Exasperated? Say it with words

As we saw last week, if you come across a new trend or fad that seems silly to you, you can dismissively ask: ‘So, is this a thing now?’ But when you encounter such a fad repeatedly--or when you are extremely annoyed by something--you need stronger expressions to explain exactly how annoyed or exasperated you are. Our theme for today is expressions that allow us to convey exasperation or annoyance using conversational or slang idioms.

Drive someone up a wall

Its one thing to say ‘you are really annoying me,’ and another thing entirely to say, ‘you are driving me up the wall.’

The difference is that of emphasis. While the first one comes across as a simple statement that conveys some information plainly, the second invokes an image to strongly express how annoyed you are feeling. As you can imagine, the idiom ‘drive up a wall’ is best used in contexts where the exasperation is extreme, and the source of annoyance is prolonged. For example, if a friend of yours keeps whistling while you are trying to read, you can tell her: ‘Quit that whistling now, you are driving me up the wall.’ Often, the idioms is used in contexts where someone wants to express annoyance regarding quirky, minor, yet annoying habits of people.

For example, you might say: ‘I really enjoy his company, but the way he constantly praises his mother’s cooking absolutely drives me up the wall.’ Or: ‘Everyone is playing the new Justin Bieber song, and it’s driving me up the wall.’

To get someone’s back up

One theory about the origin of this idiom suggests that it alludes to the behaviour of cats. When angry and ‘battle-ready,’ cats arch their backs, and hiss angrily. When you get someone’s back up, it means you are really making them angry, either deliberately or unknowingly. For example: ‘He is from Kerala, so any jokes about that region always get his back up.’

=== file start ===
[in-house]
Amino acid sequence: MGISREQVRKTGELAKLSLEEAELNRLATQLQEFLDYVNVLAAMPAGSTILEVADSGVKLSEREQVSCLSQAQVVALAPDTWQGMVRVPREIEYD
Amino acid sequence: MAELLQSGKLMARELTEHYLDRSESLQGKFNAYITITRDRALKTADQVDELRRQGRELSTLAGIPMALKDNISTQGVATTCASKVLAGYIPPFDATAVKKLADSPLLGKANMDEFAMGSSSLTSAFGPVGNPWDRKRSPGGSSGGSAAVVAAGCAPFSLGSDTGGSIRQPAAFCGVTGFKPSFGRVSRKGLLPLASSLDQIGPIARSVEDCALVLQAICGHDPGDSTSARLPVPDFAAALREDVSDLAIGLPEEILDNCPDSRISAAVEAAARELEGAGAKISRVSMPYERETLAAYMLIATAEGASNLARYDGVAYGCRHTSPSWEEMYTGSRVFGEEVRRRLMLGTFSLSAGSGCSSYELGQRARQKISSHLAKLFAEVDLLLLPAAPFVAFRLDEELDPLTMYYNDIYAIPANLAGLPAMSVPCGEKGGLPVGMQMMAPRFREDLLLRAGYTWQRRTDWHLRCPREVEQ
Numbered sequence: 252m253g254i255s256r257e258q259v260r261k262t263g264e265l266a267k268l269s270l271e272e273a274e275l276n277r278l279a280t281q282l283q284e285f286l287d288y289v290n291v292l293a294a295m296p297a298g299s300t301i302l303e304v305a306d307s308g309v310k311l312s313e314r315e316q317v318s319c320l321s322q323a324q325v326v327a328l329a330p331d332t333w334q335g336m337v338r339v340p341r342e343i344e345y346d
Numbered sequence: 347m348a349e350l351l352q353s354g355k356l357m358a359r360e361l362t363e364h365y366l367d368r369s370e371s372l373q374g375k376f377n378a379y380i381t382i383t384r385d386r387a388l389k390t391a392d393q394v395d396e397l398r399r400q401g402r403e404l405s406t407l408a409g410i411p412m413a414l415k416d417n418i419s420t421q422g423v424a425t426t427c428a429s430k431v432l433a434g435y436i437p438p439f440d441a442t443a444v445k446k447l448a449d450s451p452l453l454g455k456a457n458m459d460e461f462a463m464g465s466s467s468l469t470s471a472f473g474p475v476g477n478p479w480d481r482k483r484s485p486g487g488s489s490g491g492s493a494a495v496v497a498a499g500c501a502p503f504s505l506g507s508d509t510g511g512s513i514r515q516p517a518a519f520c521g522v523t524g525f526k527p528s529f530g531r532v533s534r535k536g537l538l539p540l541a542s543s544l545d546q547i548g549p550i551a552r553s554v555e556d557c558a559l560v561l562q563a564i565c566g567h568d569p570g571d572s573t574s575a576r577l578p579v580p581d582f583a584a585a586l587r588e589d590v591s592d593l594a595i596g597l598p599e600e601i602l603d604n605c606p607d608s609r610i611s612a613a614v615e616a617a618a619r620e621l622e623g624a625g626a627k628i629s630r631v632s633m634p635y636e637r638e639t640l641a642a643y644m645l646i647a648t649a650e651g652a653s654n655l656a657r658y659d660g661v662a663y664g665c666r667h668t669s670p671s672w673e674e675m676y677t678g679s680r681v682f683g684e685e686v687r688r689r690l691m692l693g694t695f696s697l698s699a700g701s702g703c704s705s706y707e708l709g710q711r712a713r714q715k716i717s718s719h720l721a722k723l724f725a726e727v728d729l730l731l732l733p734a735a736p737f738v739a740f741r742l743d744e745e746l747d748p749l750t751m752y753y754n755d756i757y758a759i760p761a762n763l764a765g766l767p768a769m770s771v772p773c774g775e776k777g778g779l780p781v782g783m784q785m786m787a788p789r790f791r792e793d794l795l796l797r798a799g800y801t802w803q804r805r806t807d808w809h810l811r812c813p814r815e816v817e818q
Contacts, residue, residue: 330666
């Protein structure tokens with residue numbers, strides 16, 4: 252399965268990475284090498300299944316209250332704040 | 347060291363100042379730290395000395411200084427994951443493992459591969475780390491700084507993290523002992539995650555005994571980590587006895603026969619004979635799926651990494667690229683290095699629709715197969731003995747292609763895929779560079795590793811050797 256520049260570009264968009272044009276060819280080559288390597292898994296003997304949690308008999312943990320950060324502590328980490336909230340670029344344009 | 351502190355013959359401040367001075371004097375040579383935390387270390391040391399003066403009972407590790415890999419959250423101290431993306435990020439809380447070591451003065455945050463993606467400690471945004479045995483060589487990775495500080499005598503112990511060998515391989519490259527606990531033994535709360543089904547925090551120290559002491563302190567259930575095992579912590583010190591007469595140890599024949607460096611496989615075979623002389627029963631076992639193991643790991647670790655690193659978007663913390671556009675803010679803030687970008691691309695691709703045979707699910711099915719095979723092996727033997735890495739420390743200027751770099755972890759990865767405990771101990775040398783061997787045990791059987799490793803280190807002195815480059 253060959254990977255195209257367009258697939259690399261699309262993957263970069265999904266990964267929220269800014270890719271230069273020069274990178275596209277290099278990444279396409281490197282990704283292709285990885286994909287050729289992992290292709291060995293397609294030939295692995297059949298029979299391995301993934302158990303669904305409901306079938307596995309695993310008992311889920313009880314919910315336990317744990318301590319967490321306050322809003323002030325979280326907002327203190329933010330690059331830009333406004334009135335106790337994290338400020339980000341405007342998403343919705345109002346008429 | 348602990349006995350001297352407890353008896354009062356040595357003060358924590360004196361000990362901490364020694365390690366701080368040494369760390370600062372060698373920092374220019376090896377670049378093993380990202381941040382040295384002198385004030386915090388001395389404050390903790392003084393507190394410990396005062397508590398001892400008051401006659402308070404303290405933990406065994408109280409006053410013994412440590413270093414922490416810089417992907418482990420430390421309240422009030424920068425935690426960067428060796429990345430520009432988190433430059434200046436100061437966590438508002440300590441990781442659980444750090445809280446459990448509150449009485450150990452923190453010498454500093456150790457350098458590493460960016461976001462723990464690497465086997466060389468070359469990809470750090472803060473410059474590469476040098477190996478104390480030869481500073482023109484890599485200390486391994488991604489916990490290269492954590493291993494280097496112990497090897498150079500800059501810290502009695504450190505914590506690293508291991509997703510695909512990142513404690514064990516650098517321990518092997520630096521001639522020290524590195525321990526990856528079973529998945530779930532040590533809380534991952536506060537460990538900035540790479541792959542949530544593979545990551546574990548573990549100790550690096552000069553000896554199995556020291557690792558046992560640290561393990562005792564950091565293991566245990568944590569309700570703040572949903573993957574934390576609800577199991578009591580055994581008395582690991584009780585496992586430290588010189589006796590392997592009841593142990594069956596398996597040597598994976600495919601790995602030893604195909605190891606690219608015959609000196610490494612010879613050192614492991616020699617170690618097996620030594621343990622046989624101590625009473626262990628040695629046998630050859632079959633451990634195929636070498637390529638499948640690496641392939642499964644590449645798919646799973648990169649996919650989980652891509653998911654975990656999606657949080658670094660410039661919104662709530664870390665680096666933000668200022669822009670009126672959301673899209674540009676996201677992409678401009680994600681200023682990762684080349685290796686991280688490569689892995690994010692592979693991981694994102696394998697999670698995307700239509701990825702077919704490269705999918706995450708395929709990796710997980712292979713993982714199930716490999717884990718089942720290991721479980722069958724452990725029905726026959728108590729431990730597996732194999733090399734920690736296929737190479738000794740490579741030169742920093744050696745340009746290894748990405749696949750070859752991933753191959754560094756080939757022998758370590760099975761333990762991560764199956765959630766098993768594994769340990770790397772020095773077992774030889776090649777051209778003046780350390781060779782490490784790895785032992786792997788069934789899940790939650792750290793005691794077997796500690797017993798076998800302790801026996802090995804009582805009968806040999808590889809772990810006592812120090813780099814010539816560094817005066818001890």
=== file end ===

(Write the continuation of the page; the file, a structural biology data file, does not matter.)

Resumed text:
Or: ‘We are supposed to be a nation of animal lovers, but the way stray dogs suffer in this country always gets my back up.’ While the idiom ‘driving someone up the wall’ is mostly used to refer to trivial but persistent annoyances, ‘getting someone’s back up’ can be used for more serious contexts, where you get angry because of your strong opinions or beliefs.


This is a slang word that refers to vomiting, and is used in conversational English to express disgust or extreme dislike. In a full sentence, you would probably say ‘makes me barf,’ but conversationally, you can sometimes just say ‘barf.’ For example: ‘All these vampire romance movies make me want to barf.’ Or: ‘So the vampire hero in the movie believes in true love. Barf.’

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Printable version | Apr 15, 2021 12:45:06 AM |

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